Sunday, January 30, 2011

Head Games

A visitor to this blog made a comment this week that really touched me. First, because I'm thrilled that anyone is patient enough to read my ramblings, but also because she was so gut honest.

She wrote about feeling like she was being judged when she went to the gym, because she's pretty overweight. My post was about how much I respected the very overweight man I had been next to at the gym that day. I'm glad she could see that not everyone thinks negatively about an overweight person who's brave enough to exercise in public.

So I decided I'm going to share my philosophy about 'what people think'.

I've had many years to feel like I was being watched in public. For most of my childhood I had a twisted foot that hid in my shoe. As long as I didn't get crazy, and try to wear sandals, or walk barefoot, it wasn't too hard to hide it.

Once I got married to a man who judged me on the 'content of my character' and not the deformity in my shoe, I was able to relax a bit. He loved and accepted me. What the people in public might think didn't seem to matter so much.

Then, in my third pregnancy I was fitted for a leg brace. My wise midwife suspected my intense fatigue was caused by hauling my uncooperative foot around, not so much by hauling the baby belly around. She was right. I welcomed the support that came with the ugly plastic brace.

But it meant I could no longer hide my disability, especially in spring and summer months. I refused to wear long pants, just so people wouldn't see my brace. I'm a very warm bodied person and I don't like to be hot. I get crabby when I'm hot. So I wear shorts whenever I have the chance. To make it more interesting, I happened to be working part time at a Joanns Fabric store, smack dab in the middle of 'the public'.

I had to learn how to battle the stares and suspected stares that came my way when I was on such public display.

That's when I came up with my own, custom made 'public judgment philosophy'. It goes something like this:

People are going to look. For whatever reason you might be different, people will look. Some will be subtle. Some will not. Kids don't even know what subtle means. So the ball's basically in your court.

Ironically, very few of the people who look, or those who try to hide their looks, will ever have a verbal exchange with you. Most will walk on, thinking whatever they're thinking. And you won't ever really know what they're thinking.

So this is where you get to choose. You can choose to think the very worst. You can imagine they are ridiculing you, pitying you, thanking God they aren't you. Or you can choose to think the opposite.

Now that I have a prosthetic leg, people have even more reason to stare. My kids love walking ten feet behind me in crowded public places (like county fairs) and counting the number of people who do their double take after I've walked by. They think I won't know. They don't know I have my own posse, watching them.

So I do what works best for my mental health. I assume they are intrigued by my leg. I assume they are curious, as I still am when I see someone with a prosthetic arm or leg. I assume they respect me, for my journey, whatever it might be. And I assume they are indeed thanking God that they are not 'like' me, which means they are being grateful for the blessings they've been given.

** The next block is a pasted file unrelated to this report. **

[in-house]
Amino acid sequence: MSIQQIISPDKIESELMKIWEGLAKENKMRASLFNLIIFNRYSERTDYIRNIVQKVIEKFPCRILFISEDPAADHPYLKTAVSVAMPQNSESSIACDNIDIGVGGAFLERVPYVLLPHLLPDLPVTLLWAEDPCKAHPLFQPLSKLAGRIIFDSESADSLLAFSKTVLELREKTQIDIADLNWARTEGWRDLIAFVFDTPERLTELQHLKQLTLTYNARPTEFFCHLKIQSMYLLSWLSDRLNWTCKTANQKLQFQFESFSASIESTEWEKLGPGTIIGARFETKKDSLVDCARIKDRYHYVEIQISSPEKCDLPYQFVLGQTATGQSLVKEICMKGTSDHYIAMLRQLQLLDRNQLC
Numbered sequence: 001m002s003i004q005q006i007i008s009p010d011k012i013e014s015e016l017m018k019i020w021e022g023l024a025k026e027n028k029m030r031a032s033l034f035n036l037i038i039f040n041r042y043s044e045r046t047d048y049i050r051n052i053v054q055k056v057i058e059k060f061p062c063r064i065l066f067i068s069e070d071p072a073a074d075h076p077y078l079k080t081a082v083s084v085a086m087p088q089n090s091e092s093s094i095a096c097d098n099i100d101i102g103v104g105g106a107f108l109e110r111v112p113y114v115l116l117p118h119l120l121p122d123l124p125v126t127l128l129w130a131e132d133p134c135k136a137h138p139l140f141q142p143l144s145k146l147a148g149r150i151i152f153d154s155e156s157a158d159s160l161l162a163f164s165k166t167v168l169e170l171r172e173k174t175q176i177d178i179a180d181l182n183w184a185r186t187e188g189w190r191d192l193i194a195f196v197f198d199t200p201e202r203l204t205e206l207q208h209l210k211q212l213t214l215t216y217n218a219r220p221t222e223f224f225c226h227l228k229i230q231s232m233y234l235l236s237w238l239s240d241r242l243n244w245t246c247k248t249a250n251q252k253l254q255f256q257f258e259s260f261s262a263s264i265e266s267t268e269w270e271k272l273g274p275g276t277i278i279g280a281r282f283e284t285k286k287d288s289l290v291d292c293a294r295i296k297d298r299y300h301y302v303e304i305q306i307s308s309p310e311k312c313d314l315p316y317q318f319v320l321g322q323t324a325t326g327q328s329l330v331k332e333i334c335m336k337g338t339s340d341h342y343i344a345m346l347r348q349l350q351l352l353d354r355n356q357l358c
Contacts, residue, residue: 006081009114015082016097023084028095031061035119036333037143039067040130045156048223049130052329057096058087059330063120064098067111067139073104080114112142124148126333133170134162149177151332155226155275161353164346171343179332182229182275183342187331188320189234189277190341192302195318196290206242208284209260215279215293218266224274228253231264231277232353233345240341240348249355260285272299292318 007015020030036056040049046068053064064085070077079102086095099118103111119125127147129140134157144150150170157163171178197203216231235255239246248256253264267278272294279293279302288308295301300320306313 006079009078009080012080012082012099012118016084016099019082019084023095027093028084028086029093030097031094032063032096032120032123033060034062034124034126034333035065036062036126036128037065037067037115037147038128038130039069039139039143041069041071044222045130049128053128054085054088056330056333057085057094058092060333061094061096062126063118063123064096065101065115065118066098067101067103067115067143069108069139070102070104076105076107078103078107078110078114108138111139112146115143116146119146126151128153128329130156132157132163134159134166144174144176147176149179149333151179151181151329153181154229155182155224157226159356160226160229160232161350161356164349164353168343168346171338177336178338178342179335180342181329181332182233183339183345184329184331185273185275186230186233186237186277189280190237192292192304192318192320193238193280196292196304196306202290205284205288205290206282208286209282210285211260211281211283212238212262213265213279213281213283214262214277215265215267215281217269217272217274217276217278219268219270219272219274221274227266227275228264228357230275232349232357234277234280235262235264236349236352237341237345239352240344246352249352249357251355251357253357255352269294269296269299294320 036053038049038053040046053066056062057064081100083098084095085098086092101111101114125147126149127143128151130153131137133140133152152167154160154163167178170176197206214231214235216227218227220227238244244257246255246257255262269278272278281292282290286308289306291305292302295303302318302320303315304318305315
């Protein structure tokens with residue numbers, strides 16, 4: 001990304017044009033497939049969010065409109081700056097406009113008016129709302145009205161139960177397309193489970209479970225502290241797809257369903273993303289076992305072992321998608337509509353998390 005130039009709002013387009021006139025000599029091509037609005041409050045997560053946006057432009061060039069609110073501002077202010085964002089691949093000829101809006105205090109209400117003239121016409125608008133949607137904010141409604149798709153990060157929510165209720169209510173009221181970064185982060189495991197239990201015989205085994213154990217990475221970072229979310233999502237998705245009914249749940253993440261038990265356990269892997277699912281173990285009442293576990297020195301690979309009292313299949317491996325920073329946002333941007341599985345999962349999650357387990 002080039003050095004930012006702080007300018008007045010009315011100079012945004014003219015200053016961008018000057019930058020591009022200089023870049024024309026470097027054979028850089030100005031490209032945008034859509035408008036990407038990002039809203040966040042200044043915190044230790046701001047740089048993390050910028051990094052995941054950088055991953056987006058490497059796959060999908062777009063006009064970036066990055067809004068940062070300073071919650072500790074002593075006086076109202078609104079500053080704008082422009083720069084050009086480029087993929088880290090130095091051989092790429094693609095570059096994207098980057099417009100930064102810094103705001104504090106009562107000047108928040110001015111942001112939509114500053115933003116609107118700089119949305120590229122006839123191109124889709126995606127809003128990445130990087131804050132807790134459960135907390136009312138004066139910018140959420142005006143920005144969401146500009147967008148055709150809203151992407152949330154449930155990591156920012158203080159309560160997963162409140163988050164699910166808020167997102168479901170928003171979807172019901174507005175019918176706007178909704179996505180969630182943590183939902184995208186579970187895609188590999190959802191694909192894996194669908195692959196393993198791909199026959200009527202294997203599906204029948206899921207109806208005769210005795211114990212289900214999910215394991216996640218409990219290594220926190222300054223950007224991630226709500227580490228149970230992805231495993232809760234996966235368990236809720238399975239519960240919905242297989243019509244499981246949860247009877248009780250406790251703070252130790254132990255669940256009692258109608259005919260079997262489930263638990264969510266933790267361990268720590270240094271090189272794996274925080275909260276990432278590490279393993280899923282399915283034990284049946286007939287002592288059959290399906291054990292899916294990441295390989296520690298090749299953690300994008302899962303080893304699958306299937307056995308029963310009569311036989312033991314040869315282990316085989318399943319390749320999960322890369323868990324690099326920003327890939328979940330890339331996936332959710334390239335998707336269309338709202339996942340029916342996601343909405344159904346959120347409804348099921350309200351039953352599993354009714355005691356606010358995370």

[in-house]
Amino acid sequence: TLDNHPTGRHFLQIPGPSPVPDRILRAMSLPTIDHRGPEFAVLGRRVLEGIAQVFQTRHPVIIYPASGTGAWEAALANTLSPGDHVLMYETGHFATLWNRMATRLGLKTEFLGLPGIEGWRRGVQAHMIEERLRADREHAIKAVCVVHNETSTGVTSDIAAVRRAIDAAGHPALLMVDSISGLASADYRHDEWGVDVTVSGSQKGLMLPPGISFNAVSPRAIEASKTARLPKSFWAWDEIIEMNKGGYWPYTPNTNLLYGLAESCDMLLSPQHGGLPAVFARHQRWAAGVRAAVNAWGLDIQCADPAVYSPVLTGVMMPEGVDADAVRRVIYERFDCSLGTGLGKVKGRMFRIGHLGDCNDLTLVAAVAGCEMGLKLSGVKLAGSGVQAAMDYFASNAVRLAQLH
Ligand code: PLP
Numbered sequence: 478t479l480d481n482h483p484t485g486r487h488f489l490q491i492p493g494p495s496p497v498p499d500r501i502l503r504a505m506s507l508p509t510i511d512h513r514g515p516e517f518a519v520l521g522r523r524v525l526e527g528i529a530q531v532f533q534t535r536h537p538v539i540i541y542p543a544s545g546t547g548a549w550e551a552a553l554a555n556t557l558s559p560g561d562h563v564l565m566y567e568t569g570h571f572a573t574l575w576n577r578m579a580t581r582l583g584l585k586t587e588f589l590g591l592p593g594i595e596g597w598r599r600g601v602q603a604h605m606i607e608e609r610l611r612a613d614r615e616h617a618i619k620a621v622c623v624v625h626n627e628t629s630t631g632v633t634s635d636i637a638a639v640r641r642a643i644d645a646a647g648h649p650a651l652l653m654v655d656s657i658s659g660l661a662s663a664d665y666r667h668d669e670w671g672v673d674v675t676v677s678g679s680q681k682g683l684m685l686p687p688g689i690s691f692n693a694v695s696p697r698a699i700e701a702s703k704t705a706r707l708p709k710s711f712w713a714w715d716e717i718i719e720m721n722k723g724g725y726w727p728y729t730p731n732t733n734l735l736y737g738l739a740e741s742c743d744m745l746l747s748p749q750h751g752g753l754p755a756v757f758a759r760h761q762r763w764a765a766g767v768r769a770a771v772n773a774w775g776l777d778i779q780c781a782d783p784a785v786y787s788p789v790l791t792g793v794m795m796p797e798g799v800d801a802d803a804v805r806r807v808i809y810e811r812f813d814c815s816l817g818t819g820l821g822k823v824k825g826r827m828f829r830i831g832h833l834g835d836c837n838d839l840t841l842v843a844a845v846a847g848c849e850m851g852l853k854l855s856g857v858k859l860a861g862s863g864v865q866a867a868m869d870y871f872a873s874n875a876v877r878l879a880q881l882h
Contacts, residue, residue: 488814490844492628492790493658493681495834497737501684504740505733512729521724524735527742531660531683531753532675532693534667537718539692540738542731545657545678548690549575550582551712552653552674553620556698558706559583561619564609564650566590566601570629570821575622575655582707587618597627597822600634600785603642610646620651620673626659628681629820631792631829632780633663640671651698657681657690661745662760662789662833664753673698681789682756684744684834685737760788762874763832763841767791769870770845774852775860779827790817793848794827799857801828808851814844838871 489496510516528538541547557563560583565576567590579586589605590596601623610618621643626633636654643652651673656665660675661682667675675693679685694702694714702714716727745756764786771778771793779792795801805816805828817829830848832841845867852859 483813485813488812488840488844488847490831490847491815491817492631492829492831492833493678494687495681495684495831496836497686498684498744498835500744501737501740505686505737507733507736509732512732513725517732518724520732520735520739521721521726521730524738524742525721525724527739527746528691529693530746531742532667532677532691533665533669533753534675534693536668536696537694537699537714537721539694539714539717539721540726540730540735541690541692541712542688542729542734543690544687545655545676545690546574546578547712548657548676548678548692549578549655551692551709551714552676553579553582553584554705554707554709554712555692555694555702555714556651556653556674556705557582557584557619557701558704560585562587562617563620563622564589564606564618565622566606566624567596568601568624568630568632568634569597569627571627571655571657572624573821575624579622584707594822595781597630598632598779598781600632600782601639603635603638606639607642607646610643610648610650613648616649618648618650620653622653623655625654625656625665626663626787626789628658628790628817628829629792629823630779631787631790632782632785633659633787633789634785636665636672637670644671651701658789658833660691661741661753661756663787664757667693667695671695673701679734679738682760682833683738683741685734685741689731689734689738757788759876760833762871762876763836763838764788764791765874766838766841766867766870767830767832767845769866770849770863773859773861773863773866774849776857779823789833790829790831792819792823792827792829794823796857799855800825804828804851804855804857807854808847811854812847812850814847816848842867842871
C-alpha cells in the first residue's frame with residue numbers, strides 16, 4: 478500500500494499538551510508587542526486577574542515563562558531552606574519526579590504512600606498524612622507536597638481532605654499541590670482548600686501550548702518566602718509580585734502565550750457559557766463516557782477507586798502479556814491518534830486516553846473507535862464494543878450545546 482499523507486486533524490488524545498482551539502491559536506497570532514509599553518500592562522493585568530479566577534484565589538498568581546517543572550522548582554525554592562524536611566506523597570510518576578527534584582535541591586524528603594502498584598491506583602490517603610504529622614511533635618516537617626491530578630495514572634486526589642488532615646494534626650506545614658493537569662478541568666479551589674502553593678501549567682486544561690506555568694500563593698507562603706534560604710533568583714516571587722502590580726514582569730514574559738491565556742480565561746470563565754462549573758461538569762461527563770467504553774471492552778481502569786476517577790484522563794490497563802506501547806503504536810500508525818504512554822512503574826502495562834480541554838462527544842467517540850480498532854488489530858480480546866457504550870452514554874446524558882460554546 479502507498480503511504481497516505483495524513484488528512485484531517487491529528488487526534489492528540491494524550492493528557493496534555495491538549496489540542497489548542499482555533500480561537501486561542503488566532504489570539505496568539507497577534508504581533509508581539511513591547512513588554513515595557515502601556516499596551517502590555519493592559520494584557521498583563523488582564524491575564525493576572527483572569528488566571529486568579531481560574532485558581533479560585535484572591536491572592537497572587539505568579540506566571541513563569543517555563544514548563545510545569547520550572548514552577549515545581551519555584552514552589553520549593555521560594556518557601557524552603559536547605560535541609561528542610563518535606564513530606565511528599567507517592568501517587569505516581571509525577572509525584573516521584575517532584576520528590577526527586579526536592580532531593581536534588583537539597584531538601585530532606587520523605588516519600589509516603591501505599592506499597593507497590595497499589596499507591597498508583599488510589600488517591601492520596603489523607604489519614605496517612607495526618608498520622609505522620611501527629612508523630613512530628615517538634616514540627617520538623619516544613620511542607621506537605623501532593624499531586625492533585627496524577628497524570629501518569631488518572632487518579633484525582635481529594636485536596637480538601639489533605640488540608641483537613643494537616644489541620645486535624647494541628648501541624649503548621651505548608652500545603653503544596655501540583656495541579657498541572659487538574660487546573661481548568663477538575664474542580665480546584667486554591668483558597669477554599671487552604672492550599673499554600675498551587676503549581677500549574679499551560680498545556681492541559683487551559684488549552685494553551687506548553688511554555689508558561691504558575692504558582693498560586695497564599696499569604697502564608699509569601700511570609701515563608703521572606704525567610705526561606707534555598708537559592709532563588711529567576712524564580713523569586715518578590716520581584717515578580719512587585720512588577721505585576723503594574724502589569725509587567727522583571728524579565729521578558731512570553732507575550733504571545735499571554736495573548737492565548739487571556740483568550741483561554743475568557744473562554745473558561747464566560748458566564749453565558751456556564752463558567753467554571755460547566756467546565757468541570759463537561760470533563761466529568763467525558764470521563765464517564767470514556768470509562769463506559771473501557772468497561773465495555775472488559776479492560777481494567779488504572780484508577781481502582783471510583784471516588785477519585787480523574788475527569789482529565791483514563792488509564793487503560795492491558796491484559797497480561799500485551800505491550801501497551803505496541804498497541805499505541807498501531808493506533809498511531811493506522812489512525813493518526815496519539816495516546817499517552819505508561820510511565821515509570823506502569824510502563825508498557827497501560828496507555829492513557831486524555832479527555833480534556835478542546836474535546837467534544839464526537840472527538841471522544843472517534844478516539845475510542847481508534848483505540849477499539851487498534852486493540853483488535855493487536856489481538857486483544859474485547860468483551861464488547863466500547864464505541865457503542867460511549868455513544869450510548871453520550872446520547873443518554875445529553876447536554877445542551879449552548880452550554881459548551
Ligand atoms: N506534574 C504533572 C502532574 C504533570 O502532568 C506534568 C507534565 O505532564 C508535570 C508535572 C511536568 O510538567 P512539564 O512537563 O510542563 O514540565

I walk on, head held high, knowing I'm doing the best I can with what I've been given. And unless they give me specific evidence to assume otherwise, I instill only encouraging, caring thoughts into the heads of those who stare.

To my friend who battles the feeling of being judged for her weight, especially in an athletic setting, like a gym, I offer a challenge. The next time you go, play the mind game I play. Assume that every person who looks your way is on your team. They are all people who feel for you, and respect your struggle.

Assume they all hope the best for you.

I know that's what I was thinking, the other day, when I was riding my stationary bike next to the overweight man. And if I'm thinking it, I'd bet that many others are too.

I know for a fact my sister Terry would be cheering you on in her head, if she saw you. And she's a really fit person, who runs marathons. There are many of us out there. People who respect another man's (or woman's) journey and wish them well.

And let me share just one more mind game I play, that might help you out a bit. It doesn't apply to what others think of you. It applies to what you think of yourself.

Many times when I'm on the bike and feeling pretty soft and pathetic, I make a decision to sit up tall. I roll my shoulders back a few times and reboot my mental picture.

I'm 100% sure a fit woman lives inside of me. I've seen her before. I've lived in her body before. So I do a mental picture of her, still there in my core. She just happens to have a little extra insulation that's keeping her from coming out. So I sit up tall and pretend she's already busted out.

I pull in my abs, roll back my shoulders, take a deep breath, and pedal even harder, feeling that other me from the inside out. Sometimes I even close my eyes. It's easier to imagine myself as the person I will be, once I reach my fitness goals, when I'm not distracted by gym mirrors. I imagine that strong me, that 30 pounds lighter me, riding tall on the bike, and for a small bit of time, I can be that me. It's all in my head. I'm telling you, it works for me.

Take it from a one legged woman who's not the skinniest girl in the gym. People are going to look. And they are going to have opinions. As a gift to yourself, always imagine that those opinions are the most positive kind possible. It doesn't hurt. And sometimes it helps a whole lot.

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